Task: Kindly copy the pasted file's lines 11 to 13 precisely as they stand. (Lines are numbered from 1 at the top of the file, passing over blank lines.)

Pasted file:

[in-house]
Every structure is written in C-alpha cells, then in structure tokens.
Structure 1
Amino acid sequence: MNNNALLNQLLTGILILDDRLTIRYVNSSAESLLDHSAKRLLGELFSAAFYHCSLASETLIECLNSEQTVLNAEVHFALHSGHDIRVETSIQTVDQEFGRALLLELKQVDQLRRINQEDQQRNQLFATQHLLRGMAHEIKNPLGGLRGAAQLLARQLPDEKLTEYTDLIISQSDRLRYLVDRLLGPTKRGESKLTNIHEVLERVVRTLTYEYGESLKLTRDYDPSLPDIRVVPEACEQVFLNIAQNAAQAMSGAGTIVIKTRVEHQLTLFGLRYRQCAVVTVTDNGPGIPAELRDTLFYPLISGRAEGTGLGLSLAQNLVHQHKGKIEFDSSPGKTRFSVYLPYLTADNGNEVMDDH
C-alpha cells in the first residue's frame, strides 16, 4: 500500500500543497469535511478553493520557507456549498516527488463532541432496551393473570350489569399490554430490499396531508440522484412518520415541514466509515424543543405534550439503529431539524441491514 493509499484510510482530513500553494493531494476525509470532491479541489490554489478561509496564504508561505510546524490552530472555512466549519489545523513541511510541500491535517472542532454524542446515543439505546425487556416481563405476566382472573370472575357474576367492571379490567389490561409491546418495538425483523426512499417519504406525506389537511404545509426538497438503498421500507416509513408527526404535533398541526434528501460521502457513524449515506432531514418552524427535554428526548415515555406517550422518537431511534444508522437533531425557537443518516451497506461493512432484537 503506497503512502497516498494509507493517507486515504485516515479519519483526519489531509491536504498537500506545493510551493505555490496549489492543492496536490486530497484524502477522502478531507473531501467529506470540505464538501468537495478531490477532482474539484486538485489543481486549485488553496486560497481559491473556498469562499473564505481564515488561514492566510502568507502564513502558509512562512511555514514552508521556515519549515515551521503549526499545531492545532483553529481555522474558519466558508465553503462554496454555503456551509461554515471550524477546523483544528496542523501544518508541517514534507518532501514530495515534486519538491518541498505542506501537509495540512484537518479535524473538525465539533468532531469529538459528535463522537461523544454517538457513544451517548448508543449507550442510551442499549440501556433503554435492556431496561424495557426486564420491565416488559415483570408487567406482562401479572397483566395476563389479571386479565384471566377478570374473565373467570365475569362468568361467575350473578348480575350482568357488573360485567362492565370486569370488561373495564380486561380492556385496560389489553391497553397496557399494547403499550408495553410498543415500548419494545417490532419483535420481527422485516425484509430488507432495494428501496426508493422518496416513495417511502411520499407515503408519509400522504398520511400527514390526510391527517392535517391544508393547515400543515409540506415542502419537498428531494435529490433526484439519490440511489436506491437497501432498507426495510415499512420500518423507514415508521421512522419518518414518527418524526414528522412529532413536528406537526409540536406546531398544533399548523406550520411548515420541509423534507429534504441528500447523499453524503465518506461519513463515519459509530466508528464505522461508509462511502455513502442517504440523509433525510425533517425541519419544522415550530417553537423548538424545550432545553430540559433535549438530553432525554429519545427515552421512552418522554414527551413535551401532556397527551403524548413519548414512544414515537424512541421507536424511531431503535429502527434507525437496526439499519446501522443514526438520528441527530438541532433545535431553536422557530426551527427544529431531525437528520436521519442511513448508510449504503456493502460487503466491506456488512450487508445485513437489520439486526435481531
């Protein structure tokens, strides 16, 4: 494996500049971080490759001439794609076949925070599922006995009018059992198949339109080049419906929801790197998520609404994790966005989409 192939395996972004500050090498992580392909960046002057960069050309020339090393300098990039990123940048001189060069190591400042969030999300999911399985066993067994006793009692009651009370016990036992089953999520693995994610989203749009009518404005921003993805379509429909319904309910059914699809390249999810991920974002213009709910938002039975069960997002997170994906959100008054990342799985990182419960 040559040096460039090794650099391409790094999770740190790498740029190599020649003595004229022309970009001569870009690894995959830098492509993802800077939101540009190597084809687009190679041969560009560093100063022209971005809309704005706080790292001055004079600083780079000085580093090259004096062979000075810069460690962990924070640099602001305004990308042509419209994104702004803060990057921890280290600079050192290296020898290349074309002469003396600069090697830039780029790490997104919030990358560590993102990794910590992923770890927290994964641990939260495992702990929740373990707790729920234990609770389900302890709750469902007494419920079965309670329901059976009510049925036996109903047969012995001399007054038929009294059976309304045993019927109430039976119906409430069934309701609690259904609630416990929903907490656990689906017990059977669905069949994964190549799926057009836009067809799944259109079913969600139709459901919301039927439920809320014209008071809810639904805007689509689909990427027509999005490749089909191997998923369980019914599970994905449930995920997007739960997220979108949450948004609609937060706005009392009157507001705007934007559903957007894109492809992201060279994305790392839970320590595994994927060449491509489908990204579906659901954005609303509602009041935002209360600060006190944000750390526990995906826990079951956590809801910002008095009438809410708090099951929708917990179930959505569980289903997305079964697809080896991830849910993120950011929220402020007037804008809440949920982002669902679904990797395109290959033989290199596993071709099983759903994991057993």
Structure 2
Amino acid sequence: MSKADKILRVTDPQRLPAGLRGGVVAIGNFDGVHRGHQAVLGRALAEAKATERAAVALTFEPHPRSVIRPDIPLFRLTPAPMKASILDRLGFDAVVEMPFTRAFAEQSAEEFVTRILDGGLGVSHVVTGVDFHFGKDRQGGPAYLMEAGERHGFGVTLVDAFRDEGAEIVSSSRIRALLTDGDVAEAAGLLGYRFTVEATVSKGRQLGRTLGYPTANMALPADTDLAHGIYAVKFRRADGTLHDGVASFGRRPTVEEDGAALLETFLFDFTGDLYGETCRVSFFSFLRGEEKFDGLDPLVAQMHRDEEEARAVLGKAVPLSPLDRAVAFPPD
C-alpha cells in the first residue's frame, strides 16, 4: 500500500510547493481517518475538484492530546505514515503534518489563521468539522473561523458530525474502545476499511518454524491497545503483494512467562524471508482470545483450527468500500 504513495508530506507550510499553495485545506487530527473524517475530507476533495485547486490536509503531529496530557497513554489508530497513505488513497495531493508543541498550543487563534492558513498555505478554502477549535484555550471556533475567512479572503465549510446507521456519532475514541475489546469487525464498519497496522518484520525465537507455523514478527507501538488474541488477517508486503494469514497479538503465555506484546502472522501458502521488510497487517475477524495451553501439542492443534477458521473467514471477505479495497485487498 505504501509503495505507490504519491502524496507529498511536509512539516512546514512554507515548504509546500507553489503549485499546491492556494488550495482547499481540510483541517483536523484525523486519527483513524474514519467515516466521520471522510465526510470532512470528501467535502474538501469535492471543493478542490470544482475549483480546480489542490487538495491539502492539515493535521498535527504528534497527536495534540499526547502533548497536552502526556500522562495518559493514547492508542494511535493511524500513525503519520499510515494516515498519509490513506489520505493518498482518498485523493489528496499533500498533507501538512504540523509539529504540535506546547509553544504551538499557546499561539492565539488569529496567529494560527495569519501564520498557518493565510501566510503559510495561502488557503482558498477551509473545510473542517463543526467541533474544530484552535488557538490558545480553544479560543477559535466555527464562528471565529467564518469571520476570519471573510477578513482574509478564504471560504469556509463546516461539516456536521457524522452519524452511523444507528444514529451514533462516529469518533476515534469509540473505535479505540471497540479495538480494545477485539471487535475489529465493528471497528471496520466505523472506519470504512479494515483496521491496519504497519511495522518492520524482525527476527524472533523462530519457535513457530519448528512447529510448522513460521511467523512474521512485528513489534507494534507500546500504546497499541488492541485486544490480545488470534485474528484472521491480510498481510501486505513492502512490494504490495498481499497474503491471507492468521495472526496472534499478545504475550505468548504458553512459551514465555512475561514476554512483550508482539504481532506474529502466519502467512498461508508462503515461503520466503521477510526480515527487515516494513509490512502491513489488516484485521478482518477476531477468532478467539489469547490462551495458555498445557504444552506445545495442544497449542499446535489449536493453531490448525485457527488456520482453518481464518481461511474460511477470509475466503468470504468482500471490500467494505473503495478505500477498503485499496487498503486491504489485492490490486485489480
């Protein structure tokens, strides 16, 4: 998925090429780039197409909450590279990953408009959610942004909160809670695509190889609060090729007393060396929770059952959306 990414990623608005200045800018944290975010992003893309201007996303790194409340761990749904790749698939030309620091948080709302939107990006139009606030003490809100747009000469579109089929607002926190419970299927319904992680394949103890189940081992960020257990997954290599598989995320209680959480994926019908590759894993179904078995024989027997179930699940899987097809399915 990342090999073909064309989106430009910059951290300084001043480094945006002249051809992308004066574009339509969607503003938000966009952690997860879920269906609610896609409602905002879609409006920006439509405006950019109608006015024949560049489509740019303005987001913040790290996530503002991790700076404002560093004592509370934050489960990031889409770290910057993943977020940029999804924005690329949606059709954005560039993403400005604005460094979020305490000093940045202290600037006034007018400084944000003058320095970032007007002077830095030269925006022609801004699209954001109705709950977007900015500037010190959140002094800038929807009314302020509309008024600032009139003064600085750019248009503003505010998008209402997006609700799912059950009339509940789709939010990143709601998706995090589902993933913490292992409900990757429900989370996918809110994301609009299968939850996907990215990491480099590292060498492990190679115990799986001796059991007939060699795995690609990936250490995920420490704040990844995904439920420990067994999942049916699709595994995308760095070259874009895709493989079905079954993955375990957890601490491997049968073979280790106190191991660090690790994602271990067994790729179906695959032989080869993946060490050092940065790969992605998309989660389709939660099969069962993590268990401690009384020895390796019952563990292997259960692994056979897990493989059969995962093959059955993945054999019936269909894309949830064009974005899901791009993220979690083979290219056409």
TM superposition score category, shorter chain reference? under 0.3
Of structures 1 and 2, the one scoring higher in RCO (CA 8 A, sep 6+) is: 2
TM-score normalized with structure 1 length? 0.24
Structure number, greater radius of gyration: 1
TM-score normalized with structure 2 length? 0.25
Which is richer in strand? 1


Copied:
TM superposition score category, shorter chain reference? under 0.3
Of structures 1 and 2, the one scoring higher in RCO (CA 8 A, sep 6+) is: 2
TM-score normalized with structure 1 length? 0.24